Armand Garnet Ruffo, Norval Morrisseau: Man Changing into Thunderbird (Vancouver: Douglas & McIntyre, 2014). Hardcover, 312 pages, $32.95.
In the Introduction to Norval Morrisseau: Man Changing into Thunderbird, Armand Garnet Ruffo lays the groundwork for the genre bending that follows. He makes it clear that he is not writing a standard biography. Instead he wanted to “tell a story,” and to honour his own culture (and that of Morrisseau) by using “the traditional form of acquiring knowledge that is central to Ojibway culture and to Native cultures in general.” So what follows is a form sometimes called “creative biography.” Ruffo includes biographical information, poems, pictures, and many imagined scenes of Morrisseau’s life. The book is indeed a complicated amalgam of form and content.
Overall, in an extremely loose chronology, Ruffo retells Morrisseau’s life as he sees it: it’s critical that readers understand the book is a collection of Ruffo’s impressions about his subject. And the complexity of Morrisseau comes through forcefully. Born in 1932, Morrisseau is likely the most famous of First Nations artists, in part because of his stupendous output and his outrageous behaviour. He could be wonderfully kind but also appalling. He was enormously gifted and dedicated. He was a terrible husband and father, abandoning his wife and seven children to a life of poverty while he painted and caroused. He had serious problems with alcohol addiction, was in and out of jail, and lived on the streets for a while. Often surrounded by people who were mostly interested in how much money they could make from his paintings, he used people as well. And to this day a controversy exists about possibly fake Morrisseau paintings. As Ruffo notes, “whatever the truth, the current storm of accusations and litigation shows no sign of dispersing. No sign of light.”
Ruffo doesn’t hold back on the bad behaviour but there’s some suggestion that gifted artists should be allowed some latitude. Morrisseau was a creature of contradictions, and Ruffo’s assessment of Morrisseau as embodying the effects of the attempted erasure of Ojibway culture (among all First Nations cultures) is compelling. Given the tragedy of forced assimilation and constant denigration, First Nations people have many wounds, wounds that are both physical and emotional. And these wounds are not going away any time soon. How could they?
So it is against massive obstacles that Morrisseau prevailed as the artistic genius he so obviously is. Abused by priests in residential school, Morrisseau had a difficult time resolving his own sexuality and uses his painting as one way to come to grips with his internal reality. But the paintings are more than that. Ruffo is careful to explain how Morrisseau’s work was based on his grandfather’s stories: the stories of the Ojibway.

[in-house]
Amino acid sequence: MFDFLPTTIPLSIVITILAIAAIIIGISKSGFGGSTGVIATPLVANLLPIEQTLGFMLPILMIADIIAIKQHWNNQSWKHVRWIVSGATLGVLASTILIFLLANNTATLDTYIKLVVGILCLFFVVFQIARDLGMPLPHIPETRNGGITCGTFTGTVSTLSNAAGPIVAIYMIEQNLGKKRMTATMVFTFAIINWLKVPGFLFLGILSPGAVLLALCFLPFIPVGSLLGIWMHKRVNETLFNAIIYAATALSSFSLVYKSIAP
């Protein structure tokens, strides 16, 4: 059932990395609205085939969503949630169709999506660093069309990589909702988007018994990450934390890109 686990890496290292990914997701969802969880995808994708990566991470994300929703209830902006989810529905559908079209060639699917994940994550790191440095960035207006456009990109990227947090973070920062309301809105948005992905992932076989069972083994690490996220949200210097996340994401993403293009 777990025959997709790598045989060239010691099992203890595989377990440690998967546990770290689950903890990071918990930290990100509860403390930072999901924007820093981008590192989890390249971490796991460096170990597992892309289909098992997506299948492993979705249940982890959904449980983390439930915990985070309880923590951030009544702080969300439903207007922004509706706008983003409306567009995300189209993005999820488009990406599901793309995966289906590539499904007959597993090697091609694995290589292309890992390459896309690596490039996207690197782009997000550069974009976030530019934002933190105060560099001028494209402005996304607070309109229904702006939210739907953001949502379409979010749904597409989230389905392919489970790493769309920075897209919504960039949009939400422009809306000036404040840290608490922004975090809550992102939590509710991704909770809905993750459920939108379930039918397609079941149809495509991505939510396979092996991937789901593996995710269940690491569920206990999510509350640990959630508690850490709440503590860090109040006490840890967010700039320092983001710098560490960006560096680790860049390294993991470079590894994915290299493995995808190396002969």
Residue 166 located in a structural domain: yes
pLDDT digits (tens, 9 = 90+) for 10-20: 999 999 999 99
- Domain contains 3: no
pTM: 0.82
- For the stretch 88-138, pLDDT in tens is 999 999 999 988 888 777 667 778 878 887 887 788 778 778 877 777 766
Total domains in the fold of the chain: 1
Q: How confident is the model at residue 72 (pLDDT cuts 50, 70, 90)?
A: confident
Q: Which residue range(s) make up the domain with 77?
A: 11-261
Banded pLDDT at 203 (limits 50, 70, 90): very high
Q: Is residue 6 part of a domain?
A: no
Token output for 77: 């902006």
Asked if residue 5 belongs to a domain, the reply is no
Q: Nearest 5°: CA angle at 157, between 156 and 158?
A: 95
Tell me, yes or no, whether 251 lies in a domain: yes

At the heart of the book is the question of identity, both on an individual and a cultural level. Once the culture is attacked, the individual also suffers, as identity is connected to one’s community. That Morrisseau prevailed as an artist is a testament to his strength and his belief in the value of the Ojibway culture.
While reading, I couldn’t help wondering what Ruffo means by “knowledge.” Story-telling is an essential way to communicate, to teach, but story-creating may be another matter. Over and over, I found myself asking, “How does Ruffo know this?” He has not given specific sources for material, and he frequently writes about things he cannot possibly know. For example, Ruffo imagines the response of a woman looking at Artist in Union with Mother Earth, which depicts sex. Ruffo writes: “Having trained herself in creative visualization, she can feel the sexual energy travel through her body.” Or Ruffo imagines Morrisseau at the age of six waiting for his grandfather: “And among these objects [in the room], his grandfather begins to take shape, his faint silhouette moving across the room. And then, with eyes turned and fixed to the east-facing window, Norval watches how all the colours of day become compressed into a single moment.” Of course, Ruffo has warned us that his goal is not to write a biography, but I was deeply distracted by the tangle of fiction and nonfiction.
In “The Garden Party,” one of the most entertaining and exasperating stories, Ruffo uses his customary fragment-laden prose but shifts the point of view to the second-person. He describes a lavish tea party that Morrisseau held in a tiny place 750 miles north of Toronto. Morrisseau chartered a plane for his invitees. Ruffo writes, “Beside you are the twenty guests who have also made the trip and, because of the flight, whom you feel you have known forever.” It’s as if Ruffo is a guest, but as the party happened in the 70s and Ruffo never met Morrisseau until after the National Gallery of Canada asked him, in 2005, to write a piece for the catalogue to accompany the Norval Morrisseau, Shaman and Artist retrospective. So whose point of view is it? Some of the people listed in the Acknowledgments were at the party, but there’s no way of knowing the specifics. Or did it even happen?
Ultimately, I closed the book with an overwhelming sense of frustration. Understanding what I was reading was like trying to catch a firefly in the daytime. Where is the light? What am I supposed to believe? In his quest to honour a particular ancestry and tradition (a worthy endeavour), Ruffo may have ignored another tradition—that of the pact of trust between writer and reader.